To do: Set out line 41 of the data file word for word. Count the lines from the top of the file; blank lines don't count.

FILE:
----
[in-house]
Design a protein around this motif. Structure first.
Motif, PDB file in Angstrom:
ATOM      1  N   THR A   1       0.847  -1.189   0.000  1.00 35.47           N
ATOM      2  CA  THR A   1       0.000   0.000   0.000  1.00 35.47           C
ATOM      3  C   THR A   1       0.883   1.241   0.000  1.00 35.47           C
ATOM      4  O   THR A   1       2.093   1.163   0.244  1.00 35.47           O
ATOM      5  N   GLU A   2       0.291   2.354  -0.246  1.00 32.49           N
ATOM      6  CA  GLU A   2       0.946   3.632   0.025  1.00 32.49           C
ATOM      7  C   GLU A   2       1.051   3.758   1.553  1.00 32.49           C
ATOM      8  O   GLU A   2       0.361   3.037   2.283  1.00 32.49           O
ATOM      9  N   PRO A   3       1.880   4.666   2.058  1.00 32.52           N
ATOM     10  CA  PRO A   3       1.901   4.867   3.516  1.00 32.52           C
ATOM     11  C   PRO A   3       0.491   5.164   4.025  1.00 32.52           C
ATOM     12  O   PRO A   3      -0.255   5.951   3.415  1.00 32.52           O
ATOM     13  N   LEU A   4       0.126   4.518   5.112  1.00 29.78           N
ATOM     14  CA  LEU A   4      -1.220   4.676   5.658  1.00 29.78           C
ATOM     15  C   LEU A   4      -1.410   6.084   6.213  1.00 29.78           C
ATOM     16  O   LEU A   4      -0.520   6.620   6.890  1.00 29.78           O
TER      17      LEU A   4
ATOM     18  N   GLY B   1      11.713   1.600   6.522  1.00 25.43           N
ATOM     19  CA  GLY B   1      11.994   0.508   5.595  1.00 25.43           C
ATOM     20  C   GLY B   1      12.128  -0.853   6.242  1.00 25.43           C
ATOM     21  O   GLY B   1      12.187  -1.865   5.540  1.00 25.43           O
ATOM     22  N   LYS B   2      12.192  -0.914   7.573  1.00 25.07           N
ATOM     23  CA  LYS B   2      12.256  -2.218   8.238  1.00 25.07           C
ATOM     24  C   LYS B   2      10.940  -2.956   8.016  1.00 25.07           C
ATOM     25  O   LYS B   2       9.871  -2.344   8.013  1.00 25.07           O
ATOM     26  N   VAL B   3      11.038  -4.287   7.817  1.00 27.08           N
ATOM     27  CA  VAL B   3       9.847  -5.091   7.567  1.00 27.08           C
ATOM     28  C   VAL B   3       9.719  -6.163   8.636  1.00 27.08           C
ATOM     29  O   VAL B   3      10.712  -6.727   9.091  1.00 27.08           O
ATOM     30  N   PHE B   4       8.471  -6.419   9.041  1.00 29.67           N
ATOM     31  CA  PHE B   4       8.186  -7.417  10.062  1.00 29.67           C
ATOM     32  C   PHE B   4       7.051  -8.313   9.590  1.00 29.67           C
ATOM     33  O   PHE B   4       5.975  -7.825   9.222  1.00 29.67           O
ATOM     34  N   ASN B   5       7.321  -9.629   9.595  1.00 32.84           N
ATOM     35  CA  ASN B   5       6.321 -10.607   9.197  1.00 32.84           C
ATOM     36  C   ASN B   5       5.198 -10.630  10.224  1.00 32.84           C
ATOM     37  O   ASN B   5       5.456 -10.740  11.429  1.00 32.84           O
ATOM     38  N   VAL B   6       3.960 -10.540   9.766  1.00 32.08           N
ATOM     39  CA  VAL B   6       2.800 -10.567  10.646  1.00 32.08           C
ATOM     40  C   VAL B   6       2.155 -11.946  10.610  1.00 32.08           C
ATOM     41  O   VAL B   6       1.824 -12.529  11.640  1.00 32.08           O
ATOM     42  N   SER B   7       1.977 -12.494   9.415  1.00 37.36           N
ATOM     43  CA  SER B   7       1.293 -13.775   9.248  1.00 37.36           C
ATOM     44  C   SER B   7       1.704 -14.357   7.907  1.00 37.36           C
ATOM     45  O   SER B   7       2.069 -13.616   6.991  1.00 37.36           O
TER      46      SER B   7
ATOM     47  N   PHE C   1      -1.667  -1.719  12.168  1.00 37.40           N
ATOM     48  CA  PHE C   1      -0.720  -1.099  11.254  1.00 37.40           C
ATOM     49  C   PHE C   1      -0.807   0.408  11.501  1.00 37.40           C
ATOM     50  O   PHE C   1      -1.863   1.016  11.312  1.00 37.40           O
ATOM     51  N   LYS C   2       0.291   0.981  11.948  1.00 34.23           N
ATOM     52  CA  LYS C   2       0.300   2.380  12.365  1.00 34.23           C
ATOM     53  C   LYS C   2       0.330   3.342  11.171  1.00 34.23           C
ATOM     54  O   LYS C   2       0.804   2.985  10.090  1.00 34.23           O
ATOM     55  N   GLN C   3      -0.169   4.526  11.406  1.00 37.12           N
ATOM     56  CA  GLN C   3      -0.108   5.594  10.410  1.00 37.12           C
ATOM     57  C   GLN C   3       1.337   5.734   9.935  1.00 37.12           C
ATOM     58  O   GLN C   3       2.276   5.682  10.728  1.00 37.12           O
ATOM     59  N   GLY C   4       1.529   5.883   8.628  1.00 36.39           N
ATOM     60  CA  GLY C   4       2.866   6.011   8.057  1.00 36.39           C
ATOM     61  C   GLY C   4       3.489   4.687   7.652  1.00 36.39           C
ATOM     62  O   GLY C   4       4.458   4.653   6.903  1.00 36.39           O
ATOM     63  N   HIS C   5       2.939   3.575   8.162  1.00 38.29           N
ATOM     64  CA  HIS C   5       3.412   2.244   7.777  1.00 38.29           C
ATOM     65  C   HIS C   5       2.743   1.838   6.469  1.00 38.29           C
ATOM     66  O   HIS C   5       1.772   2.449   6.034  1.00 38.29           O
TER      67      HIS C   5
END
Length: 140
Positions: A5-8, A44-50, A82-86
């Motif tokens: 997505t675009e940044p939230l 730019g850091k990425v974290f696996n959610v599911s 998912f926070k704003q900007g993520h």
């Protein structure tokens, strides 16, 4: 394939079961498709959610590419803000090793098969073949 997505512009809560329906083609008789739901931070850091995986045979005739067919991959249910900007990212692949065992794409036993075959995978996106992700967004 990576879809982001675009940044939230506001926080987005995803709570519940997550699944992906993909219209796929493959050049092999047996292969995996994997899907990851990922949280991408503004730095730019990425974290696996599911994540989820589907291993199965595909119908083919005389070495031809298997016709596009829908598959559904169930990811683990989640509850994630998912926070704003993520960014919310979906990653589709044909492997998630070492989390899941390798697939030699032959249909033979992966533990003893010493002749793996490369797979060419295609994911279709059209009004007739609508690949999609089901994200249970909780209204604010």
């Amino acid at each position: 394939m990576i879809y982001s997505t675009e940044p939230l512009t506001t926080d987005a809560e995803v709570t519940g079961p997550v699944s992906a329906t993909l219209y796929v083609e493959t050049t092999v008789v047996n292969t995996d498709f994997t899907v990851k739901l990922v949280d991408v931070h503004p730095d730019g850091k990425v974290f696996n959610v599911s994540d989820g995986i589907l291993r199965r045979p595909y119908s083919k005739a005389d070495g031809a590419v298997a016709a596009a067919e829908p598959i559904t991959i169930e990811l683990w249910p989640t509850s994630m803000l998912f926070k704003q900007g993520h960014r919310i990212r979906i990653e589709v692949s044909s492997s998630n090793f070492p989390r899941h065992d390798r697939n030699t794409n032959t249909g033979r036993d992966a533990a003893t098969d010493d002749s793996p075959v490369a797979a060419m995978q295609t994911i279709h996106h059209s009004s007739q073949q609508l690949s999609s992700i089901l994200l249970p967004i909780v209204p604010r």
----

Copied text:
ATOM     38  N   VAL B   6       3.960 -10.540   9.766  1.00 32.08           N